Drawing new legislative boundaries
According to the U.S. Constitution and Ohio Constitution, every 10 years after the U.S. Census is conducted, a redrawing of the legislative districts must be done to ensure that each legislator is representing the same amount of people.
In the case of the U.S. House, the districts are approved by the state legislature.
The Ohio Apportionment Board has the authority to decide the House and Senate districts for the state legislature itself.
The board includes the auditor, governor, secretary of state, and a legislator from both the Republican and Democratic parties.
This time around, there were four Republicans and one Democrat on the board. During the past General Assembly, there was an effort to make the process more balanced, which passed (with my support) the Republican-controlled Senate.
But the House, led by Democrat Speaker Armond Budish, refused to bring it to a vote.
Unfortunately, re-drawing the districts is usually seen as a political process, and this time was no exception. Because other parts of the nation grew faster than the rest of the country, Ohio lost two seats in the United States Congress.
As a result, two of the new districts currently have more than one incumbent congressman of the same party living within them.
In drawing the districts, special consideration has to be given to comply with the Federal Voting Rights Act, such as maintaining minority (African-American) districts and keeping the population of each district nearly identical.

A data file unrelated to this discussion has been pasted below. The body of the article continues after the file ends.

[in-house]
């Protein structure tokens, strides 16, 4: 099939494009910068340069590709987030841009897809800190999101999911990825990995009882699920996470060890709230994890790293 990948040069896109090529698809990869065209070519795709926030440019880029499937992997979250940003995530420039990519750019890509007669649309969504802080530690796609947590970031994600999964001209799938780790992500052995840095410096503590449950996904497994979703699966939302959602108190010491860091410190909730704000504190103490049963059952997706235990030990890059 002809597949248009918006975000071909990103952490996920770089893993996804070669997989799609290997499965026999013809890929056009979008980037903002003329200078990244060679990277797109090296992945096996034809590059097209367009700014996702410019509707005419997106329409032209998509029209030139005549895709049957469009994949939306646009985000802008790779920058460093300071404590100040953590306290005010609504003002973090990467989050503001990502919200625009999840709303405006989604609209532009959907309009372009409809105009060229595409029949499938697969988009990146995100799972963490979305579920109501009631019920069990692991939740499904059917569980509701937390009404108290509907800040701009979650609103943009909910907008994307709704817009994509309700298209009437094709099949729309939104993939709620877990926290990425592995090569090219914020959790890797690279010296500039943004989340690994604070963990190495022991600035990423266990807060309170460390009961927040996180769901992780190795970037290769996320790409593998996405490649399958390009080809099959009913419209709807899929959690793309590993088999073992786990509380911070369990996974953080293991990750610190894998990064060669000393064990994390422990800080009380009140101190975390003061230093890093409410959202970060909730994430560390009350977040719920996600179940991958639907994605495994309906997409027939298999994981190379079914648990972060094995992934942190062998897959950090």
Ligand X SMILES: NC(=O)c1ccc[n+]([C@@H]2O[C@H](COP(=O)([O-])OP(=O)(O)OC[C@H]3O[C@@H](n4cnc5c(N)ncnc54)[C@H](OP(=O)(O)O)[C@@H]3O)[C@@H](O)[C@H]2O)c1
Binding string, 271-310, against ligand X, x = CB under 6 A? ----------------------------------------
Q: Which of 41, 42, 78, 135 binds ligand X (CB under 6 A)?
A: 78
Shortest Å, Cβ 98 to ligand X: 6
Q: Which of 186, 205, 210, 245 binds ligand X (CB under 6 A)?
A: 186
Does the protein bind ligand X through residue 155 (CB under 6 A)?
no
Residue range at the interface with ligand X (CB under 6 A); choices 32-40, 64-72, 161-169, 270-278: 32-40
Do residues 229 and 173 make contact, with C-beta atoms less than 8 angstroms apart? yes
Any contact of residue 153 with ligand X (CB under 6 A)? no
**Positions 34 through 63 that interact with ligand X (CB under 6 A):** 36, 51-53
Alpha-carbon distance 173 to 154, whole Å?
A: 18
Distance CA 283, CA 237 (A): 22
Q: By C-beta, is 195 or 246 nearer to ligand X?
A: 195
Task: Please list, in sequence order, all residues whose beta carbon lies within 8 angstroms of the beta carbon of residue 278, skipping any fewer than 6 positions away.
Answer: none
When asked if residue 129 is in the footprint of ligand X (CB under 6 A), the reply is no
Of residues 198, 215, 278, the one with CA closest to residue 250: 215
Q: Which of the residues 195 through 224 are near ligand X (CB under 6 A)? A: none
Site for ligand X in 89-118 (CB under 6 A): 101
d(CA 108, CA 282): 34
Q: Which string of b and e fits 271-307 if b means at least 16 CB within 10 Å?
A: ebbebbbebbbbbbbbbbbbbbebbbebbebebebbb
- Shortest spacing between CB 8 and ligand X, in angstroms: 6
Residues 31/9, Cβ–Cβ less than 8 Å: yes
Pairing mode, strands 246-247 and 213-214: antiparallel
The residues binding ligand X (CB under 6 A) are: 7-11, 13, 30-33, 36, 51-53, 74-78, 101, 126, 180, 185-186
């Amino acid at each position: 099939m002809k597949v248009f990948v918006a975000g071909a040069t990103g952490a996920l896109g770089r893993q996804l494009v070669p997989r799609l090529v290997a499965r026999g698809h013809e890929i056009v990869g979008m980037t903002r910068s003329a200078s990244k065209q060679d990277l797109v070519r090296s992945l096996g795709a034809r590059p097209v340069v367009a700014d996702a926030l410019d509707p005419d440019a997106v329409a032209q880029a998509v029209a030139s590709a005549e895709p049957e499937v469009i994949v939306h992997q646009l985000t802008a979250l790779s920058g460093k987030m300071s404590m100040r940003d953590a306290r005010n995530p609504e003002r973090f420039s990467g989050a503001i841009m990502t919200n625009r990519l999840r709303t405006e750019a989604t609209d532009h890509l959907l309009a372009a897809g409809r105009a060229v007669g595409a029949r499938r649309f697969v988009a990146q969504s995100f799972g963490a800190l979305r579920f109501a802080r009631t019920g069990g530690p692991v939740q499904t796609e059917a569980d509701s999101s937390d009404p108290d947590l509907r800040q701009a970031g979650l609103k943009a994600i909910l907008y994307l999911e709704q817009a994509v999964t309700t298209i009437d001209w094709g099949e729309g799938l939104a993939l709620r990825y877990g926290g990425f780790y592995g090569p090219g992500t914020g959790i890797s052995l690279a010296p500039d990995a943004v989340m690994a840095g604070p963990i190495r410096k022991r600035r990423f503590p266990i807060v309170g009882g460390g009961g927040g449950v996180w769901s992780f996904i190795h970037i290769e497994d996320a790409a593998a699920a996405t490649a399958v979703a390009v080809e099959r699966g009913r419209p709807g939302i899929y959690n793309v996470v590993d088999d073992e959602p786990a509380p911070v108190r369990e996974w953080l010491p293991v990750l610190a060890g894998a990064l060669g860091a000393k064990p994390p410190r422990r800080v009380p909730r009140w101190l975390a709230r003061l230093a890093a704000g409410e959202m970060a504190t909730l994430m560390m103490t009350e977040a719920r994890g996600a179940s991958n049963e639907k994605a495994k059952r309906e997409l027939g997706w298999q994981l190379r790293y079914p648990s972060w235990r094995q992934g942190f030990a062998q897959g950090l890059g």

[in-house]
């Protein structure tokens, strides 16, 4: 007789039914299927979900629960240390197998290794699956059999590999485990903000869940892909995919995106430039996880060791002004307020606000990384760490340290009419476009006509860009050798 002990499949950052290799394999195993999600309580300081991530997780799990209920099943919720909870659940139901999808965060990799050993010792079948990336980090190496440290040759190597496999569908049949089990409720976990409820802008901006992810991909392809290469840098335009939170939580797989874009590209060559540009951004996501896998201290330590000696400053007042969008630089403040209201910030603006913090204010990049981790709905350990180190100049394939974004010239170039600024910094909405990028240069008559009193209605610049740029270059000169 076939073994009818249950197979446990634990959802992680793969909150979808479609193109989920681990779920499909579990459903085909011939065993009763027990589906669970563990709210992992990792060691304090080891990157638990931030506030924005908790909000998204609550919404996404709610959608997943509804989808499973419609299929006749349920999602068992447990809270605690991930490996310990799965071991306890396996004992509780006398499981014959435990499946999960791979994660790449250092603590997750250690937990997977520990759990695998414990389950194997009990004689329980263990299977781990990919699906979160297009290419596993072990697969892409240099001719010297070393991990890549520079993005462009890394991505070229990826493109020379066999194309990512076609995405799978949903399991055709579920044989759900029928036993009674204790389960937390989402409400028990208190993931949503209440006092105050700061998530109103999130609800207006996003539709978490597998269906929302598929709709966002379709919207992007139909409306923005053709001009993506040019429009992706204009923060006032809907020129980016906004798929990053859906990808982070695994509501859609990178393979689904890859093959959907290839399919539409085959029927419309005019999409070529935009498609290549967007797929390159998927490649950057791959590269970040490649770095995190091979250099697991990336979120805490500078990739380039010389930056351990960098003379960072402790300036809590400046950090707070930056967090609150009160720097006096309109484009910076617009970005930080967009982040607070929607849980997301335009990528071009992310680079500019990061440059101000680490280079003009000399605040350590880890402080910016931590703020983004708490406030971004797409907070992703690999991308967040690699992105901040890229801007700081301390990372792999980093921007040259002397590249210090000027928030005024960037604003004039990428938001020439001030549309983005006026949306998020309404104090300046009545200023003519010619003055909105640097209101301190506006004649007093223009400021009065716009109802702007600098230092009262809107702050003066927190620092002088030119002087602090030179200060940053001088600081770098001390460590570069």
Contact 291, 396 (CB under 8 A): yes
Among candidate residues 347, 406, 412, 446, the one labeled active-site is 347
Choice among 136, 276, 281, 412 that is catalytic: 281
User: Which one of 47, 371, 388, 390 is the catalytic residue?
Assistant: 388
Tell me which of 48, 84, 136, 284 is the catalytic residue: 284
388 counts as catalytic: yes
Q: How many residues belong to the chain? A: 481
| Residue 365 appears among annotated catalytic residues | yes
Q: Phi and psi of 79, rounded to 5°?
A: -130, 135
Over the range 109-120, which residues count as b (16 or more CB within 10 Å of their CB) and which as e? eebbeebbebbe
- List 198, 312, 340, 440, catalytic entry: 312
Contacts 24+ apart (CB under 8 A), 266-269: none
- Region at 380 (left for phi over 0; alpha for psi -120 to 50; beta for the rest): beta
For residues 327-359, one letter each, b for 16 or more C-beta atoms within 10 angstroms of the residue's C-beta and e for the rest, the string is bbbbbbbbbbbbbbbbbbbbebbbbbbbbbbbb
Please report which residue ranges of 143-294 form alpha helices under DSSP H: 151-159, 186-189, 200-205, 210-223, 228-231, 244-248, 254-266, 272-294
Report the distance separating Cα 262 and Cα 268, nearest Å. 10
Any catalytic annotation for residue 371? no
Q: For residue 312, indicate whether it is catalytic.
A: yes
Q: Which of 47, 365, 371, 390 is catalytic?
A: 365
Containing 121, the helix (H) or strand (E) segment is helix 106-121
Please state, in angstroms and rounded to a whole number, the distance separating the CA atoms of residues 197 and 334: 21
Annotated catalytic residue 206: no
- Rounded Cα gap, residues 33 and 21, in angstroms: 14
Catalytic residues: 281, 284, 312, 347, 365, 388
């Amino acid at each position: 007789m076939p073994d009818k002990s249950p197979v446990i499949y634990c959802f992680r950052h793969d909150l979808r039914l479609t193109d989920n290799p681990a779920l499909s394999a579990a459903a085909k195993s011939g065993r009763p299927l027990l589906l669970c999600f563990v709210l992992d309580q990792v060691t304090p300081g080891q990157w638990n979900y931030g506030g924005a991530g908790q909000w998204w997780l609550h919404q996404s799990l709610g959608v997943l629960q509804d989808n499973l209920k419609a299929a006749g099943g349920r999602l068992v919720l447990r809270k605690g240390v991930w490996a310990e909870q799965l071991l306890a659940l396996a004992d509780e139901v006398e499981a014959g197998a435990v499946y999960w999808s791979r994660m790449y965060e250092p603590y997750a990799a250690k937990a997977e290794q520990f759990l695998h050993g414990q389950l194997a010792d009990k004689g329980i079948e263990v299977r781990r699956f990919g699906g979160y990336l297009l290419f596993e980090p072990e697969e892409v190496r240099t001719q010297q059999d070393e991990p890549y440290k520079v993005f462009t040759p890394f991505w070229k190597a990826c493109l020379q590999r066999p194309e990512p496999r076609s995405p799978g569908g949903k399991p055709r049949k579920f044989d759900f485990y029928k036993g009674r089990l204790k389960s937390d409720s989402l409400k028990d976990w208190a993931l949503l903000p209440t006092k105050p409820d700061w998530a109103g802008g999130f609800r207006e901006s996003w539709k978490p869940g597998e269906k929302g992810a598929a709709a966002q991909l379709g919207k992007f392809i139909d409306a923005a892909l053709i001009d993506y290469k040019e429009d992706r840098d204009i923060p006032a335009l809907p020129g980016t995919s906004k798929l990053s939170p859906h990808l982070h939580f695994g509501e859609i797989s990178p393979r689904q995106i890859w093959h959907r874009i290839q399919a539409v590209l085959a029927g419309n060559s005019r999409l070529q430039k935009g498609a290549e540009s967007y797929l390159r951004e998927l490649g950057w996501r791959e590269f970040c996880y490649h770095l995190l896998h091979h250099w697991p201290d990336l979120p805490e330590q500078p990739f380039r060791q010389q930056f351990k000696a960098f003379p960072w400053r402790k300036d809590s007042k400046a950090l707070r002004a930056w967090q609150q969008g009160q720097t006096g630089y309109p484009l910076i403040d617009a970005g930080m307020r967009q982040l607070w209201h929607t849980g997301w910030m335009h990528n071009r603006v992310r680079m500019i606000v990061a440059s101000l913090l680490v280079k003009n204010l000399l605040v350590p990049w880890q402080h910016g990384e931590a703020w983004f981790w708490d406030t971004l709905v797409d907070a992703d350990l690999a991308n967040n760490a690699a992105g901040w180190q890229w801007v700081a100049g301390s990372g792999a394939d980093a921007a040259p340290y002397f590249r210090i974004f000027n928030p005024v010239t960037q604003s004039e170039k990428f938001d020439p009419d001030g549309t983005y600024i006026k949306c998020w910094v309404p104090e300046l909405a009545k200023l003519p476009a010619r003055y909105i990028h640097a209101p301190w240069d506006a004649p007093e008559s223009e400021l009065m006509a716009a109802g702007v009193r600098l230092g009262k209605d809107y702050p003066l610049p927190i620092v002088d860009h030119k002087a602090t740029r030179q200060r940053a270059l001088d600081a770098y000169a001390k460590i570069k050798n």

Because the districts must have the same amount of people, some of the districts take on interesting shapes to fit everyone in.
The 87th Ohio House District that I currently represent falls mostly in the seat now held by U.S. Rep. Bill Johnson of Marietta.
The exception is Vinton and Ross counties, which will be represented in the seat currently held by U.S. Rep. Steve Stivers. Some of the people in Ross County will be represented by other neighboring congressional seats.
Regarding the legislative districts for the Ohio House, the apportionment board voted 4 to 1 to accept a plan that includes most of the current 87th House District as one, which becomes the 93rd District in the next election.
The 93rd District (There are 99 representatives.) will include Jackson and Gallia counties, and parts of Lawrence and Vinton counties. Part of Vinton will now be in the 94th House District, which encompasses Athens, Meigs, and parts of other surrounding counties.
Most of Vinton County will be in the 93rd, with the exception of Hamden and Wilkesville. The part of Ross County that is in the 87th will no longer be in the 93rd. The 93rd picks up more of Lawrence County with the exception of Hanging Rock, Ironton and Coal Grove.
Meanwhile, the 17th Senate District will still include the area of the 93rd House District. Just because an area is no longer in your district does not mean that you stop representing their interests.
I will still be there to help as much as I can, being in close proximity. I enjoy working in Lawrence County, and I look forward to having more of it to represent.
As with any reapportionment, there will be lawsuits pending and a possible referendum, but only time will tell the results. The finalized maps are available through the secretary of state’s office, which can be found at www.ReshapeOhio.org.
John Carey serves in Ohio’s 87th District of the House of Representatives, which includes eastern Lawrence County. He can be reached at (614) 466-1366, by writing to: Ohio House of Representatives, 77 S. High St., Columbus, OH 43215, or via e-mail at District87@ohr.state.oh.us.